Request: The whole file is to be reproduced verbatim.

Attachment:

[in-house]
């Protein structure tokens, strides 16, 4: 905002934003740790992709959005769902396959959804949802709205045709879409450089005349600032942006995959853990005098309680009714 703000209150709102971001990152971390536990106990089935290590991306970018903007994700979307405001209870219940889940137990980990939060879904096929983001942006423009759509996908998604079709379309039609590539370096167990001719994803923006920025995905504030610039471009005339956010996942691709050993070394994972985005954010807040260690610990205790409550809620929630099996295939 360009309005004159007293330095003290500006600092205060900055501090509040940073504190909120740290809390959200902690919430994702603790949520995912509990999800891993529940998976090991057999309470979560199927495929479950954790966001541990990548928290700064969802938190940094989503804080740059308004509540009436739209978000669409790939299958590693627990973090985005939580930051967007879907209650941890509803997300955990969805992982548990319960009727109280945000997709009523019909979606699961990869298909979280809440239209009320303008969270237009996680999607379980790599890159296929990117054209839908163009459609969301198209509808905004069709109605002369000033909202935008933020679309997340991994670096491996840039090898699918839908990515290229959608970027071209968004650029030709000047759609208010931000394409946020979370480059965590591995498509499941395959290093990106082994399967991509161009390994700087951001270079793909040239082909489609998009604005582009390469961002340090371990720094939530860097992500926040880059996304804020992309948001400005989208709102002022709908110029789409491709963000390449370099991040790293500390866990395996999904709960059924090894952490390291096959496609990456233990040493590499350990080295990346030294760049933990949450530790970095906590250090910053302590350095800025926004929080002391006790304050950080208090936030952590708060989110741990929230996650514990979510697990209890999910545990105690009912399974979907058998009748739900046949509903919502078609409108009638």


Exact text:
[in-house]
């Protein structure tokens, strides 16, 4: 905002934003740790992709959005769902396959959804949802709205045709879409450089005349600032942006995959853990005098309680009714 703000209150709102971001990152971390536990106990089935290590991306970018903007994700979307405001209870219940889940137990980990939060879904096929983001942006423009759509996908998604079709379309039609590539370096167990001719994803923006920025995905504030610039471009005339956010996942691709050993070394994972985005954010807040260690610990205790409550809620929630099996295939 360009309005004159007293330095003290500006600092205060900055501090509040940073504190909120740290809390959200902690919430994702603790949520995912509990999800891993529940998976090991057999309470979560199927495929479950954790966001541990990548928290700064969802938190940094989503804080740059308004509540009436739209978000669409790939299958590693627990973090985005939580930051967007879907209650941890509803997300955990969805992982548990319960009727109280945000997709009523019909979606699961990869298909979280809440239209009320303008969270237009996680999607379980790599890159296929990117054209839908163009459609969301198209509808905004069709109605002369000033909202935008933020679309997340991994670096491996840039090898699918839908990515290229959608970027071209968004650029030709000047759609208010931000394409946020979370480059965590591995498509499941395959290093990106082994399967991509161009390994700087951001270079793909040239082909489609998009604005582009390469961002340090371990720094939530860097992500926040880059996304804020992309948001400005989208709102002022709908110029789409491709963000390449370099991040790293500390866990395996999904709960059924090894952490390291096959496609990456233990040493590499350990080295990346030294760049933990949450530790970095906590250090910053302590350095800025926004929080002391006790304050950080208090936030952590708060989110741990929230996650514990979510697990209890999910545990105690009912399974979907058998009748739900046949509903919502078609409108009638």